The infamous Birds of Prey downhill saw Switzerland's Beat Feuz take the win by a very small margin over his fellow country man Mauro Caviezel and Norway's Aksel Lund Svindal.
After the program of both speed races has been inverted, anticipating the overnight snowfall going into Saturday, the best downhillers of the World tackled the Beaver Creek race course.
The downhill globe winner of the 2017/18 season was able to lay down the fastest time, carrying the speed from the steep sections all the way down to the finish line. Beat Feuz knew that with a lowered start, excluding the flat section on top, he'd have better chances to win in Beaver Creek and he seized that chance to earn his first title on the Birds of Prey.
Mauro Caviezel surprised the crowd again with the second fastest run of the day. Less than one week after scoring his second podium in career in Lake Louise, the Swiss racer added another podium to his collection. The last double win for Switzerland in downhill goes back to 2011, when Didier Defago won in Bormio ahead of Patrick Küng.
In third position, Aksel Lund Svindal claims his 78 podium in career, the 14 in Beaver Creek. The downhill Olympic champion had a hand surgery less than two weeks ago, but nothing that prevents him to be among the fastest down the Birds of Prey.
Unfortunately, three athletes crashed during today's downhill. While Peter Fill and Marko Vukicevic were able to ski to the finish area by themselves, Thomas Dressen from Germany had to be transported to the Vail Hospital for further examinations.
From the home team Bryce Bennett (Squaw Valley, Calif.) stepped up his game, and Steven Nyman (Park City, Utah) proved he is back from a knee injury as the "Twin Towers" tied for ninth in the Xfinity Birds of Prey FIS Ski World Cup downhill Friday in Beaver Creek, Colorado. Switzerland’s Beat Fuez and Mauro Caviezel took the top two steps on the podium, with Norway’s Aksel Lund Svindal in third.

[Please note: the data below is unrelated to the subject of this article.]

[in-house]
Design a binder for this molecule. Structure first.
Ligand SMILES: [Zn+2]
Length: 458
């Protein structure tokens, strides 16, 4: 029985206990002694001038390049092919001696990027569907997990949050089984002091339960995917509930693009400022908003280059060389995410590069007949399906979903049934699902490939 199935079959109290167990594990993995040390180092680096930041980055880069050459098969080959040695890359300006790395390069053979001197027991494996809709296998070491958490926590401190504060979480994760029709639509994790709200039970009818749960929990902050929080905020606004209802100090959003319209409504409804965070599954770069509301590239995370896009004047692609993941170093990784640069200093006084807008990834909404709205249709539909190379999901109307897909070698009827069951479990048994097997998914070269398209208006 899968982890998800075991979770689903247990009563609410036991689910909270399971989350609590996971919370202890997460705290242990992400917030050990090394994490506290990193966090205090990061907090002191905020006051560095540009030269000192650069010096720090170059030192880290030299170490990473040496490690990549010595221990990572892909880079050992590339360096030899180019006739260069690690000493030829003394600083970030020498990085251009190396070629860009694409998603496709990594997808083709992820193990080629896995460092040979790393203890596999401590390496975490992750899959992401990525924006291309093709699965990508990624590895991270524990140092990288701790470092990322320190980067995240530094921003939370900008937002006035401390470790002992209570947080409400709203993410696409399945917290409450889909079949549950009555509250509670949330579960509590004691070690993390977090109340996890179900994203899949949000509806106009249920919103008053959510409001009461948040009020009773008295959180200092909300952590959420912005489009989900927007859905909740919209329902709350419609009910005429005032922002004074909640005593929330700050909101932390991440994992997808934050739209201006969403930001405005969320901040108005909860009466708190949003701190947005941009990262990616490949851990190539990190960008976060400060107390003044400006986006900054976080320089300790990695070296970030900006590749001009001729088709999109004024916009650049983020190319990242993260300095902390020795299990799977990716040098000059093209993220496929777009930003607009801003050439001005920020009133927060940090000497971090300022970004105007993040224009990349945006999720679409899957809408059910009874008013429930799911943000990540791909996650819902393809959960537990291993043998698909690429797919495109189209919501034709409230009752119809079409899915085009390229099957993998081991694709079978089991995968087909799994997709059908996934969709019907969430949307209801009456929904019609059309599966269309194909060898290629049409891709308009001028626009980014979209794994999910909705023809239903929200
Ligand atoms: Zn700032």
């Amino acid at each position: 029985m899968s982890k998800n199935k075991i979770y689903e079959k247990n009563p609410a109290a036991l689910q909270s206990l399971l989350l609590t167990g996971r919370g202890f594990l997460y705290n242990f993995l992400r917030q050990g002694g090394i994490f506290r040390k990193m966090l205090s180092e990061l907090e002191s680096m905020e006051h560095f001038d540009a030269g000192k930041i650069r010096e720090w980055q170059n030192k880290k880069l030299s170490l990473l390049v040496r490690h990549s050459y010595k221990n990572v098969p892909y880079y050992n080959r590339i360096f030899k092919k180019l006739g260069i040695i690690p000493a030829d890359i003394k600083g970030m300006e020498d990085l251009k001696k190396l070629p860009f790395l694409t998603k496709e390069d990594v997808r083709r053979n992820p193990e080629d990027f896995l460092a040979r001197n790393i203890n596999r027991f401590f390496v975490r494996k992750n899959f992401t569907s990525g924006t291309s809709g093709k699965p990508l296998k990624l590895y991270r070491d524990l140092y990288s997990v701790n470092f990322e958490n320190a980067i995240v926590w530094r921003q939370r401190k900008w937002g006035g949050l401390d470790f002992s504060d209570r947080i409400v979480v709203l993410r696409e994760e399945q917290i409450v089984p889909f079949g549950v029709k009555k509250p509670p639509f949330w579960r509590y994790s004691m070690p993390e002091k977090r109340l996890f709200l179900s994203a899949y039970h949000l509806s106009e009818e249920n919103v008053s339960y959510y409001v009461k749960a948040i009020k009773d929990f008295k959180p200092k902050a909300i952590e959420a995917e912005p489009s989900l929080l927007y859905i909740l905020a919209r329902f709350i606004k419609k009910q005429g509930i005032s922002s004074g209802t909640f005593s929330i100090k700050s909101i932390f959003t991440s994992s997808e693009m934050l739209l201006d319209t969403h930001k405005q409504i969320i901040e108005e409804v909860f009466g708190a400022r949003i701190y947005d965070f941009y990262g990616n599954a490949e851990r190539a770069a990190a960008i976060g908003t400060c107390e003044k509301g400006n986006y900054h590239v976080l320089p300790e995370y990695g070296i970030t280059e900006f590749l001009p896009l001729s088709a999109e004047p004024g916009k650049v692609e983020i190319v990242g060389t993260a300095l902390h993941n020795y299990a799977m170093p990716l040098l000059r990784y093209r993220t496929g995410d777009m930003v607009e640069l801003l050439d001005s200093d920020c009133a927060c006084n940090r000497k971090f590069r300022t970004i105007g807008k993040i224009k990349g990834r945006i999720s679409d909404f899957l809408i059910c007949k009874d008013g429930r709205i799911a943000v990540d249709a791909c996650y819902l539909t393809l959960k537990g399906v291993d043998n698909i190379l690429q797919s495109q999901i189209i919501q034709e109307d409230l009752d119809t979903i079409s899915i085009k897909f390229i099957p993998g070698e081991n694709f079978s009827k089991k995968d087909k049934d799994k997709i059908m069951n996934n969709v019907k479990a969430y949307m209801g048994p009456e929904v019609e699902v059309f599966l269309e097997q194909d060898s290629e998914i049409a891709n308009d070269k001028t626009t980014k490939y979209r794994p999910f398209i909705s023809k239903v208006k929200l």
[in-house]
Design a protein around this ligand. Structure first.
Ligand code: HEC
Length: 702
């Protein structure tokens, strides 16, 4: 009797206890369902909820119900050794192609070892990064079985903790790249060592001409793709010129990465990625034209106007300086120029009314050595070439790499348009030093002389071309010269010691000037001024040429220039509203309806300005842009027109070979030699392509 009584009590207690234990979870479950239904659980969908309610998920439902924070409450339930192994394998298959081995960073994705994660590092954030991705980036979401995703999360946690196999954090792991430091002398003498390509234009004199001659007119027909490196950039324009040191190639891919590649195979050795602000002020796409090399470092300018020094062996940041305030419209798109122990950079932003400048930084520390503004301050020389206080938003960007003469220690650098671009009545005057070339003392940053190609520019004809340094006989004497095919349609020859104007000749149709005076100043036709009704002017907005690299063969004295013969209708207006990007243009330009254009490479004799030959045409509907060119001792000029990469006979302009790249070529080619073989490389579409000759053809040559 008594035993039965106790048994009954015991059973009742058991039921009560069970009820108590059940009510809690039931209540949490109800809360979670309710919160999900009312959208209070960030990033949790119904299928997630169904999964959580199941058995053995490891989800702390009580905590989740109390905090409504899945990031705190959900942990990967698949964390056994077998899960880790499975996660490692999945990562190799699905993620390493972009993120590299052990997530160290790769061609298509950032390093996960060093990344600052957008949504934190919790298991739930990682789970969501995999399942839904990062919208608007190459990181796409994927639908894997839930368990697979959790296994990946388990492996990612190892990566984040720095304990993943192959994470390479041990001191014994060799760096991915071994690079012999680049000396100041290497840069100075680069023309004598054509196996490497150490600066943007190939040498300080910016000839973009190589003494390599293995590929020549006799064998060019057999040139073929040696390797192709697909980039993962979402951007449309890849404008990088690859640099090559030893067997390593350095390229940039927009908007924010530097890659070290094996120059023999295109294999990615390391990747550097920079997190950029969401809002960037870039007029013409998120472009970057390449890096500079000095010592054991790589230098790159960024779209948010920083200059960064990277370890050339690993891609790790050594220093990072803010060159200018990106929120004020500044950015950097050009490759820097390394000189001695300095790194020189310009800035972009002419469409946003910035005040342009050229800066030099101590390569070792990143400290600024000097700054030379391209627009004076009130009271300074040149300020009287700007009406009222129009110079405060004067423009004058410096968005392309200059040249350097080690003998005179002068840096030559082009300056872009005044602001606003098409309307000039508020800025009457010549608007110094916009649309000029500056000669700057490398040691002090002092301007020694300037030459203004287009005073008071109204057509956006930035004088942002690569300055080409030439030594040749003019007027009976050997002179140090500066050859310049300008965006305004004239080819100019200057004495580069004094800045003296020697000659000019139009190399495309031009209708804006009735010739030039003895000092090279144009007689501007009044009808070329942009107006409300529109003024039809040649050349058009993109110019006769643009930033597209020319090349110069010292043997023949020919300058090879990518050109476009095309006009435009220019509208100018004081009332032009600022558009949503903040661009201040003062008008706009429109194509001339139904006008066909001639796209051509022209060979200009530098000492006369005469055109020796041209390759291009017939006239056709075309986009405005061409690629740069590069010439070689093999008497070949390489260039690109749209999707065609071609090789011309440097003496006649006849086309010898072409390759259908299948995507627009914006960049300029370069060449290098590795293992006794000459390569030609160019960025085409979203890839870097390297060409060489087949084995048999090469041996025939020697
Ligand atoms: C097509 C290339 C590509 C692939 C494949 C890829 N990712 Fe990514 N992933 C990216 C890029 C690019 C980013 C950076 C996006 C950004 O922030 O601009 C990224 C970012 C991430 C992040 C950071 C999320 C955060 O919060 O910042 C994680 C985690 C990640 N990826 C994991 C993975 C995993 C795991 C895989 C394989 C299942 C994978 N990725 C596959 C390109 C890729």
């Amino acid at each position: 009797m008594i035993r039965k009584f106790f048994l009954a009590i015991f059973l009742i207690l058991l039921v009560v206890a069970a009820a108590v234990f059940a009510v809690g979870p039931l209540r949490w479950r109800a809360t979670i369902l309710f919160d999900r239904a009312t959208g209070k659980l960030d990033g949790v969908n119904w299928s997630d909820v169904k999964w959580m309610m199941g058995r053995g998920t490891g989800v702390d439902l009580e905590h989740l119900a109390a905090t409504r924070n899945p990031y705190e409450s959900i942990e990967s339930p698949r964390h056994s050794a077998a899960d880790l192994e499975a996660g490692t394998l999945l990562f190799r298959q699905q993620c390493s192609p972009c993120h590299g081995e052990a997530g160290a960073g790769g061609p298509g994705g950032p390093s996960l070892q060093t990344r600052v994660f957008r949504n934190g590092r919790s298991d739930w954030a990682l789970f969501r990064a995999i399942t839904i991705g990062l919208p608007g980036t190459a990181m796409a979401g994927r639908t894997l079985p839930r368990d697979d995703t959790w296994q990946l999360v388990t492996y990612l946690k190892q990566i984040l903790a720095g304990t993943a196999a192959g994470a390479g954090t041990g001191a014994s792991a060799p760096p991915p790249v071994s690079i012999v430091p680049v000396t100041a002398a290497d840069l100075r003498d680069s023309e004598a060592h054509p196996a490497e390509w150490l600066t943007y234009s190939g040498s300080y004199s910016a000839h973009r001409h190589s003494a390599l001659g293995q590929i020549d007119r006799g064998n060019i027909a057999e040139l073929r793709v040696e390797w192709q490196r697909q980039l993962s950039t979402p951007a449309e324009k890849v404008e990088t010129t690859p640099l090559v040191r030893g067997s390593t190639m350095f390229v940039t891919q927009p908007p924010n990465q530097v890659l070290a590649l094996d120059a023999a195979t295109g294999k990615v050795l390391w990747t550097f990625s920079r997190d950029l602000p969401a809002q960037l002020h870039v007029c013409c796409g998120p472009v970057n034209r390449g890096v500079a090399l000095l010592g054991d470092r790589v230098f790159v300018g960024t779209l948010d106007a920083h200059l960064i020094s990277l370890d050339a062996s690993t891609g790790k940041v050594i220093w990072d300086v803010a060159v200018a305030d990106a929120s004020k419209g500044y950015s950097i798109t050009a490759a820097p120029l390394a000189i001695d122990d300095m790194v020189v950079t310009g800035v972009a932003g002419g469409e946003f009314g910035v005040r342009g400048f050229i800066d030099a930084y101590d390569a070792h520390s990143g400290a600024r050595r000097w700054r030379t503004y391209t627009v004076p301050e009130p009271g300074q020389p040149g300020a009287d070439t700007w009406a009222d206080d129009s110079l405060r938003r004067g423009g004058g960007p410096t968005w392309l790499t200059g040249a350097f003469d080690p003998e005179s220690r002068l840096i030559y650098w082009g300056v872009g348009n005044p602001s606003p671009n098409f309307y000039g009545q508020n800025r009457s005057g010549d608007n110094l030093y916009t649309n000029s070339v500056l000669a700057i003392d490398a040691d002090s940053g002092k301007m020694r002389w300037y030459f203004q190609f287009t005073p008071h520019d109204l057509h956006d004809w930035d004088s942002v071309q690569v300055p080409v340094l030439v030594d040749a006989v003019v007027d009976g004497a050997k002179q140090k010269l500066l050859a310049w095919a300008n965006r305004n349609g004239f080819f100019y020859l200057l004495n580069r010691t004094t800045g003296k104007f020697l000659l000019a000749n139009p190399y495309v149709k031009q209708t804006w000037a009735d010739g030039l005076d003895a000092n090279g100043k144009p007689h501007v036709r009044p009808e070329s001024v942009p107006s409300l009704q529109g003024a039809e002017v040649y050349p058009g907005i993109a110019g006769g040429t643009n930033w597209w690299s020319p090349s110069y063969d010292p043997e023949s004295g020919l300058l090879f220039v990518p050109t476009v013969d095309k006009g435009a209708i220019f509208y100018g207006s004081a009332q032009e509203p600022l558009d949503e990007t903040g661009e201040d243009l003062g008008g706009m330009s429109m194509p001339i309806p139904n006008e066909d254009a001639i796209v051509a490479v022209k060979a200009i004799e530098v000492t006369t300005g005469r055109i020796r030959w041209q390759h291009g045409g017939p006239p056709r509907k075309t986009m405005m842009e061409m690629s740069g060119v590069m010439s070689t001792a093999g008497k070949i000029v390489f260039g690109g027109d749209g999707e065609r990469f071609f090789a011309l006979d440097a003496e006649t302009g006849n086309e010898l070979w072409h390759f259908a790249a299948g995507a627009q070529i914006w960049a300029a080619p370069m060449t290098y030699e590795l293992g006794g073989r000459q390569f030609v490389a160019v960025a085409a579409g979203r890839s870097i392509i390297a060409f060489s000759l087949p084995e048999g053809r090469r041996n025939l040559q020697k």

“I grew up watching these guys on TV,” Bennett said of Fuez and Svindal, “and here I am. I’m in the mix with them, which is … weird, a little uncomfortable. But I think with a little bit more time, it will become more comfortable.”
It’s was Bennet’s third-career World Cup top 10 downhill result, and it came from a weather-shortened start on the traditional Birds of Prey course, which tossed racers right into the Brink - the first steep pitch on course. “It was definitely like zero to 100mph real fast,” Bennett said. “I was really hoping to go from the top, but with all the snow it was tough for the Talon Crew (course volunteers). They did a good job and the course is in really good shape, so hats off to them.”
Nyman, who was injured before the 2018 Olympics, started bib 26 and faced a track slowed by a couple race holds and light snowfall. However, the veteran “American Downhiller” had a secret weapon.
“I said last night in the press conference that I was breaking out some rocket ships, so those helped with the position I guess,” Nyman said. “I’m pretty psyched with what I did. Technique-wise, I skied well, I thought I was disciplined, I nailed the points I wanted to nail, and I did what I needed to do.”
Sharing a top 10 result with Bennett was a pleasant surprise for Nyman, who posted his 20th career top 10 World Cup downhill result. “It’s so awesome that we tied. It’s so cool,” Nyman said. “Twin Towers! He’s my little protegé, but he’s not so little.”
Travis Ganong (Squaw Valley, Calif), also suffered a knee injury prior to the 2018 Olympics and finished 28th in his return to World Cup racing. Ryan Cochran-Siegle (Starksboro, Vt.) was well on his way to another top-30 World Cup finish, but a mistake heading in the Red Tail jump near the finish cost him time and he finished 32nd.
Up next, the men are scheduled to race super-G Saturday on the Birds of Prey course. However, the weather forecast is calling for up to nine inches of snow. Regardless, Bennett already has his sights set on the next World Cup downhill Dec. 15 in Val Gardena, Italy, where he has posted his other two top-10 career World Cup results.
“Looking towards Val Gardena, which is a hill I can do very well at, I think my equipment is in a good place … where I can be competitive,” he said. “I’m getting a little closer, a little closer … it’s just a couple turns that you gotta clean up, and you’re right there.”
Today, Saturday, a super-g will be held in Beaver Creek, starting at 11:00. The event will be followed by a giant slalom on Sunday.